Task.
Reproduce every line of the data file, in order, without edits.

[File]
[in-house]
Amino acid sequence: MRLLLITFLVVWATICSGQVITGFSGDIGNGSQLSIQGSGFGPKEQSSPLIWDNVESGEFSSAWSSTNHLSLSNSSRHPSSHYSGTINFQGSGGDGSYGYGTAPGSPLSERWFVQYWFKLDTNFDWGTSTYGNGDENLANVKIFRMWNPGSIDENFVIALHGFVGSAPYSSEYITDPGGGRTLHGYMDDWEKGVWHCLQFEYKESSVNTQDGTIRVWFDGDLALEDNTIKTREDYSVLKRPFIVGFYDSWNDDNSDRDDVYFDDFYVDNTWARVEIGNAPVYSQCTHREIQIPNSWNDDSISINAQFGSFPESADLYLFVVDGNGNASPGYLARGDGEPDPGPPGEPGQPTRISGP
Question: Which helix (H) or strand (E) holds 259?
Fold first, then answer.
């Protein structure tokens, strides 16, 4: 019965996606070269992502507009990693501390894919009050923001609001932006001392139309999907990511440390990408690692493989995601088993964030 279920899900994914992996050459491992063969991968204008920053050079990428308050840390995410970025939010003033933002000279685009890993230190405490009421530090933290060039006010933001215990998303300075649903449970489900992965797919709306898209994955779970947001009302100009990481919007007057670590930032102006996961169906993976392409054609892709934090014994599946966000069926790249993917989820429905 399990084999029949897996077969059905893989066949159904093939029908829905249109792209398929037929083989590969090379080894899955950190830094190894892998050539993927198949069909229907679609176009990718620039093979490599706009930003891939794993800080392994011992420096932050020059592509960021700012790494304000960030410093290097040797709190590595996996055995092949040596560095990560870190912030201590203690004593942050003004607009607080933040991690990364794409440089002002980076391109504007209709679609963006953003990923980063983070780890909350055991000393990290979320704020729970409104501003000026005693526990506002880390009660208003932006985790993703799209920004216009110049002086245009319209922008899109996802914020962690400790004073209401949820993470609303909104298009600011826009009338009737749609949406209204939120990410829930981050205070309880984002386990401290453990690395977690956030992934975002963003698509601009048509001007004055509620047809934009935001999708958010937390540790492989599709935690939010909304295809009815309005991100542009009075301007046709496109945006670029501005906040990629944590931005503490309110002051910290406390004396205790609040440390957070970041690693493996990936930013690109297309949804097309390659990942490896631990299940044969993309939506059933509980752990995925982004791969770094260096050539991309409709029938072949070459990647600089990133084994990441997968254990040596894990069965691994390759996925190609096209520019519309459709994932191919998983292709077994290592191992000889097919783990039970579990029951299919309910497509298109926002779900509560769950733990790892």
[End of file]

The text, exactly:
[in-house]
Amino acid sequence: MRLLLITFLVVWATICSGQVITGFSGDIGNGSQLSIQGSGFGPKEQSSPLIWDNVESGEFSSAWSSTNHLSLSNSSRHPSSHYSGTINFQGSGGDGSYGYGTAPGSPLSERWFVQYWFKLDTNFDWGTSTYGNGDENLANVKIFRMWNPGSIDENFVIALHGFVGSAPYSSEYITDPGGGRTLHGYMDDWEKGVWHCLQFEYKESSVNTQDGTIRVWFDGDLALEDNTIKTREDYSVLKRPFIVGFYDSWNDDNSDRDDVYFDDFYVDNTWARVEIGNAPVYSQCTHREIQIPNSWNDDSISINAQFGSFPESADLYLFVVDGNGNASPGYLARGDGEPDPGPPGEPGQPTRISGP
Question: Which helix (H) or strand (E) holds 259?
Fold first, then answer.
């Protein structure tokens, strides 16, 4: 019965996606070269992502507009990693501390894919009050923001609001932006001392139309999907990511440390990408690692493989995601088993964030 279920899900994914992996050459491992063969991968204008920053050079990428308050840390995410970025939010003033933002000279685009890993230190405490009421530090933290060039006010933001215990998303300075649903449970489900992965797919709306898209994955779970947001009302100009990481919007007057670590930032102006996961169906993976392409054609892709934090014994599946966000069926790249993917989820429905 399990084999029949897996077969059905893989066949159904093939029908829905249109792209398929037929083989590969090379080894899955950190830094190894892998050539993927198949069909229907679609176009990718620039093979490599706009930003891939794993800080392994011992420096932050020059592509960021700012790494304000960030410093290097040797709190590595996996055995092949040596560095990560870190912030201590203690004593942050003004607009607080933040991690990364794409440089002002980076391109504007209709679609963006953003990923980063983070780890909350055991000393990290979320704020729970409104501003000026005693526990506002880390009660208003932006985790993703799209920004216009110049002086245009319209922008899109996802914020962690400790004073209401949820993470609303909104298009600011826009009338009737749609949406209204939120990410829930981050205070309880984002386990401290453990690395977690956030992934975002963003698509601009048509001007004055509620047809934009935001999708958010937390540790492989599709935690939010909304295809009815309005991100542009009075301007046709496109945006670029501005906040990629944590931005503490309110002051910290406390004396205790609040440390957070970041690693493996990936930013690109297309949804097309390659990942490896631990299940044969993309939506059933509980752990995925982004791969770094260096050539991309409709029938072949070459990647600089990133084994990441997968254990040596894990069965691994390759996925190609096209520019519309459709994932191919998983292709077994290592191992000889097919783990039970579990029951299919309910497509298109926002779900509560769950733990790892």